Characters are expanded on all the time, which also makes South Park gradually bigger; lately Stephen and Linda Stotch (Butters' dad and mom) have become part of the regular adult circle of stupidity showing that perfectly normal-looking people can be asswads too. And if somebody leaves the writers aren't too gutless to kill them off properly. They had exhausted Kenny's usefulness; they didn't try to drag him out, they just killed him. Well, for a while, until they could use him for more than one joke (which was getting old).

It's a new approach to cartoons; The Simpsons isn't really for kids either but they stil try to pretend your whole family can watch it. South Park just kicks moderation out the window and says, "We know we're not aiming at kids; why try?"

I'm GLAD they dropped the Toilet Humour. I'm GLAD it's not filled with worthless cutaway Manatee gags like Family Guy. I'm GLAD they make fun of those who are excessively left-wing (it's about time somebody did). I'm GLAD there's not always a happy ending (although I really hated Stanley's Cup; that just felt... well... kind of overboard and face-rubbing). I'm GLAD the kids swear, because a lot of kids DO swear. And I may be pretty liberal but I like South Park making fun of people who give liberals a bad name. Ban this, ban that, when are people going to learn that you can't get rid of a problem by just banning or ignoring it? And I may be going on 27 but it's good to see them pointing out that no, kids are not as stupid as you think, but if you don't educate them on life, they will be.

Should have ended a long time ago

I am going to be perfectly frank here. South Park is, and for a long time now, has been trite, unfunny shit that would have been shot down if it had come from anyone other than Matt and Trey. The early episodes were, for the most part, fairly infantile but at least they were funny in the sense of a group of foul-mouthed kids learning about the world. Not only that, at least, for the most part, the people around them had two working brain cells to rub together when push came to shove.

Nowadays, it's so predictable it's sad. They pick some random subject in the news or entertainment, make it seem like something else, and then do an episode in the space of a few days. Fuck, it's essentially taking their beef with Family Guy with the Manatee Balls and just taking it to a larger level. Brittney Spears + Harvest. The Recession + The Death and Rebirth of Jesus. It's just one joke stretched over a whole episode, with pretentious ramblings, Cartman screaming at Kyle, and Stan's father being a bigger and bigger idiot each episode filling in the numerous gaps. This also makes their episodes insanely dated. The issues they cover are often just fads everyone will forget about soon enough, making me roll my eyes when they decide to cover some random thing I stopped giving a fuck about over a year ago.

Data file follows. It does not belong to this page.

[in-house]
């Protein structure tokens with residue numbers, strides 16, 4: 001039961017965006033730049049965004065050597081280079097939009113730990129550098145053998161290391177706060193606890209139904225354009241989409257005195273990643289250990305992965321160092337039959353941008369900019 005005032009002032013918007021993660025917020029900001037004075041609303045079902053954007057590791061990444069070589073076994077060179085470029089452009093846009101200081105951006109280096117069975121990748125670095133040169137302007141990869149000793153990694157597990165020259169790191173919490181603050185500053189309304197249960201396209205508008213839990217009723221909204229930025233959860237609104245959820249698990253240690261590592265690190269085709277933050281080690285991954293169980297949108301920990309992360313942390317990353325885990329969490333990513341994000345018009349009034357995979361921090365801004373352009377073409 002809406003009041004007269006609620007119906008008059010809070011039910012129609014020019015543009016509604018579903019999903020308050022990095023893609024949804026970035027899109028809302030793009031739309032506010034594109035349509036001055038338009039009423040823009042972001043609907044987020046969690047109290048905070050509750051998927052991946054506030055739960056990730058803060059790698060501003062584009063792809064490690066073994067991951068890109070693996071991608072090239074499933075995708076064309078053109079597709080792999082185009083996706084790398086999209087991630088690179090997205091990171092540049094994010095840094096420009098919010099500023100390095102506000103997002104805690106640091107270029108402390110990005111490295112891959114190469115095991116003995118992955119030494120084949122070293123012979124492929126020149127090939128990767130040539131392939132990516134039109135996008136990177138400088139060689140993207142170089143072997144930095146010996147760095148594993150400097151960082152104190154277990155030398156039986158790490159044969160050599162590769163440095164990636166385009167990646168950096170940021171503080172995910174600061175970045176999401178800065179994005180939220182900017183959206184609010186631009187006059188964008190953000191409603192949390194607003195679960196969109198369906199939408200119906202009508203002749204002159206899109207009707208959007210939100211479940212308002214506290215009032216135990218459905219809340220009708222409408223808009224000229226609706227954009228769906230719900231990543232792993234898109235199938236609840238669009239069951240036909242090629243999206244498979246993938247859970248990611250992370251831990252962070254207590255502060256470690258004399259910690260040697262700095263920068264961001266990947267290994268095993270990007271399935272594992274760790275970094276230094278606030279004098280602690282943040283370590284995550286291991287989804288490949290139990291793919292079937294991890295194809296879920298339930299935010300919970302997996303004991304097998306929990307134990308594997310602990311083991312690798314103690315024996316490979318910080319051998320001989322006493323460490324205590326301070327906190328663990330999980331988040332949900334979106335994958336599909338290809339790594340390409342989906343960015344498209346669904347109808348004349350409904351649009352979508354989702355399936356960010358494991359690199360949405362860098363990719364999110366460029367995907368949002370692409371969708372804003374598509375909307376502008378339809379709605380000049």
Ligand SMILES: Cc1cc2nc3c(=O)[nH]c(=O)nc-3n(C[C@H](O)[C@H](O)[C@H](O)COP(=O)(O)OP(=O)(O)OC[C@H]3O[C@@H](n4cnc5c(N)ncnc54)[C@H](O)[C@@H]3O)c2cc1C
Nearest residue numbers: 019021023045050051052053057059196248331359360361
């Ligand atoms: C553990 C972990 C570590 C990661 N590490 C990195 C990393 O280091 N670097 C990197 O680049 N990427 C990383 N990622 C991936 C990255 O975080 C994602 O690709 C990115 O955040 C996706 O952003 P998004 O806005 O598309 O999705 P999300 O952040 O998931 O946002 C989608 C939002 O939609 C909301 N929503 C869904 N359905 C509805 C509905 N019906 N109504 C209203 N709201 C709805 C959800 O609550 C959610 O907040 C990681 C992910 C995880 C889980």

When Matt and Trey decide that isn't enough, sometimes they decide to just make jokes about their own formula too, calling attention to it and acting like that somehow makes it funny. And perhaps it would, if it wasn't beaten over our heads without even the slightest shadow of subtlety (Runs With Premise/Premise Running Thin being the saddest and most blatant example off the top of my head). And fuck, they couldn't even manage that for their Inception episode and just decided to steal lines wholesale from College Humor.

This kind of shit would not fly if a show was starting out today. The only thing keeping Matt and Trey employed is that, Islamic issues aside, Comedy Central's executives would pretty much kill their own firstborn children if Matt and Trey asked it of them. They've built up goodwill from their early seasons and rely entirely on that nowadays, expecting people to laugh because they laughed at them years ago, when their fanbase wasn't even in high school.

At least the Book of Mormon took years to write. Maybe it's better.

Certainly it's own type of humor

South Park has it's pros and cons, but overall, I do enjoy the show. It has a different type of humor than most shows: the comedy is based almost entirely around the situation rather than dialogue and physical humor. Really the plots that are so funny, that make it enjoyable. There's one where the kid's parents hire actors to pretend to be their children from the future, but all burnt-out, so their kids would stay away from drugs. Naturally, Hilarity Ensues. The humor is less on making snarky comments and more on the absurd things that happen. There's another episode where Cartman puts a wig on his hand and goes around pretending it's Jennifer Lopez. Again, Hilarity Ensues. The animation is pretty bad, (okay, REALLY bad) but the sheer crudeness of it does serve to make it funnier. The show uses a lot of gross-out comedy that a lot of people (including me) find immature and unfunny, but some of you (again, including me) may be able to look past it and enjoy the good aspects of the show. If you can handle the many, many offensive and tasteless parts (seriously, it makes even the latest seasons of Family Guy look tame by comparison) and like social satire, you may want to give this show a chance.

Not For Everyone

South Park is not for everyone. You definitely have to be in the right frame of mind to enjoy the rapid-fire satirical pop-culture references. To enjoy South Park, you need a good understand of pop culture, you need to set aside your ability to be offended, and you need to have a good sense of sarcasm. These are the staples of South Park shows: Political and social commentary, parodies of other TV shows or movies, the Kyle/Cartman dynamic, and just plain craziness. South Park's strength comes from its ability to take the completely insane concepts and have them make perfect sense in context. Explaining a South Park episode to a friend is nearly impossible. The series, while often disliked for its crude humor, foul language, and offensive qualities, is actually incredibly deep. The characters have arcs and they visibly change. The plots are rarely repetitive. The themes actually relate to every day life. Every episode is something new and mind-screwing. This show has given me a morbid sense of humor. And that's just the way I like it.